Richardson Highway temporarily closed due to flood damage
GAKONA, Alaska (KTUU) - Flooding that damaged portions of the Richardson Highway has temporarily closed the road while crews from the Department of Transportation and Public Facilities work to replace culverts.
Department Spokesperson Danielle Tessen said that a blocked culvert near mile 187 of the Richardson Highway had caused Meier Lake’s water level to rise, and an old culvert had failed at approximately mile 167. Tessen said that luckily, department crews were located less than a mile away and were able to respond quickly to a large hole that developed in the highway asphalt at mile 167.
Tessen said that the Richardson Highway could tentatively open by 9 p.m. Friday night to one lane of traffic.
“Underneath the road the culvert became detached, meaning water then began, you know, running underneath the road, and so the issue really became with that culvert no longer working and functioning properly,” Tessen said. “We’re ripping up the road, taking out that old culvert, installing the new culvert in there, we’re going to put gravel on top so we’re not doing a whole paving production. At this time, our goal is to get that road open as quickly as possible. We will pave before winter, but at this time, our goal is just to get the new culvert in and get that road back open. Because it’s a pretty big detour for folks.”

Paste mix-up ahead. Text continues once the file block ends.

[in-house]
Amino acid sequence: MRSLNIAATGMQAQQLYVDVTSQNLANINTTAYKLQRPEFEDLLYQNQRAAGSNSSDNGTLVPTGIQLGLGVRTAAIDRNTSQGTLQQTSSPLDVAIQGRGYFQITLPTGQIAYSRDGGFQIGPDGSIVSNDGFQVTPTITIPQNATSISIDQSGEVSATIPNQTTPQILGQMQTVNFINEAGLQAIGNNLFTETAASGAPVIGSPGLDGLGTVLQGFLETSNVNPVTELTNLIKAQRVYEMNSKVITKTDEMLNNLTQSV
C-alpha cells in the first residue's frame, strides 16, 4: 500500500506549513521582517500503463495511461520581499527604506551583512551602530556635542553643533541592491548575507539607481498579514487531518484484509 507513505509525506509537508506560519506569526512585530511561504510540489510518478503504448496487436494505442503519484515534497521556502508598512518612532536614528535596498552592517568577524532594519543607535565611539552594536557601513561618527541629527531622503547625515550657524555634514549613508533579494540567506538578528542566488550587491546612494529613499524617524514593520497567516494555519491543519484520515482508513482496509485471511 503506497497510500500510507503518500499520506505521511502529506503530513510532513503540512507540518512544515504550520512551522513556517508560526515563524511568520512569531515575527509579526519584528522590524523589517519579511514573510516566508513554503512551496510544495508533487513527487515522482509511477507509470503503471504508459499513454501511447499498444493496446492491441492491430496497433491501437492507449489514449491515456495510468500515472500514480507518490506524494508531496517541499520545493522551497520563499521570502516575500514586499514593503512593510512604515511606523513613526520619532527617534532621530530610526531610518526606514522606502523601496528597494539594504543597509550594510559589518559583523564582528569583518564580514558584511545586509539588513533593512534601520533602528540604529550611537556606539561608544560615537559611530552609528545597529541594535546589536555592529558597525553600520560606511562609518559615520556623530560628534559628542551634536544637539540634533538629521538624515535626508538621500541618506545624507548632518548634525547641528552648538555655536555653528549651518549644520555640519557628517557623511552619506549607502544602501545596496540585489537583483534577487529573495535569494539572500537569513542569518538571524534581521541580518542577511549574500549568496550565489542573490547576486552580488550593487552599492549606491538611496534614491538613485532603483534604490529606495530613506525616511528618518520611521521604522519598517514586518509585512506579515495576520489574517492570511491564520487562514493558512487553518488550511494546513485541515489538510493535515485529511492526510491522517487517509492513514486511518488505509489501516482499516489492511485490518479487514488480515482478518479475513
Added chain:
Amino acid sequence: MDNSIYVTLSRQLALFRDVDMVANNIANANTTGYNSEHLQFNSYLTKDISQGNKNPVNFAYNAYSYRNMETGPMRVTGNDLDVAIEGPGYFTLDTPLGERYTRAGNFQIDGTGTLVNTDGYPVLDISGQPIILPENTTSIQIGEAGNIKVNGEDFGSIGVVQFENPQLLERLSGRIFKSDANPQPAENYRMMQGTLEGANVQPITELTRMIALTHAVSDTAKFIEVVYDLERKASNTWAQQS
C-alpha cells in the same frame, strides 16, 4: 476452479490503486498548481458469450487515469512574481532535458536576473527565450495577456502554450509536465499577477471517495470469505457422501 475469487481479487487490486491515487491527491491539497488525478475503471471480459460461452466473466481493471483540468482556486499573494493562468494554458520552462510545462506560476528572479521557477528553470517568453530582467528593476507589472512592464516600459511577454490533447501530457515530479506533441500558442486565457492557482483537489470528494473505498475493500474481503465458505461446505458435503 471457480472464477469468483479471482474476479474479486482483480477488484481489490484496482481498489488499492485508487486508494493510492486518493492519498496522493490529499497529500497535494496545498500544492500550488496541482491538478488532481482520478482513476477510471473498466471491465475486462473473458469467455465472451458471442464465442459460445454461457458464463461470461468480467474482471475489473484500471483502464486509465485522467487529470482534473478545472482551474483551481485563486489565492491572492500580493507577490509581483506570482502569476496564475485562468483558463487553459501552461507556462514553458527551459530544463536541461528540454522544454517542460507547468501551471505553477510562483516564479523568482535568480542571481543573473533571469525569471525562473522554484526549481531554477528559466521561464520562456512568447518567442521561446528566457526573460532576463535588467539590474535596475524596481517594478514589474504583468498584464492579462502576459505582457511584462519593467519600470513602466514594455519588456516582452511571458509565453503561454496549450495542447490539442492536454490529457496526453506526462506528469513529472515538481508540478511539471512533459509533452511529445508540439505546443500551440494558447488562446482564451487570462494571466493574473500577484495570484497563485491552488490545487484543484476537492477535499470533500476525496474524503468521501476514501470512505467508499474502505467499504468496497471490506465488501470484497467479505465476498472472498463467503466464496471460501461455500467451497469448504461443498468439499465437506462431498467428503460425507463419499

Meier’s Lake Roadhouse is located between the two flood-damaged culverts at mile 170 of the Richardson Highway. Roadhouse Owner Linda Fraley estimated the Meier Lake water level had risen approximately 150 feet, beginning last Friday. Water flooded up under the roadhouse and around cabins on the property.
“We’re closed because the road is closed,” Fraley said.
Fraley estimated that the area received five times the typical amount of snowpack this winter. Fraley said she and others put 1,900 sandbags around the property to attempt to keep the water away and had applied for disaster assistance from the state. Fraley said that the department had provided a piece of heavy equipment to move material, working to alleviate the flooding.
“This year, we have seen a lot of flooding around the entire state,” Tessen said. “There’s a lot of water, we had an incredible winter with snowfall, increased water from that with the melting. And so we are seeing this and we do monitor culverts that we know are more vulnerable to failing like this one.”
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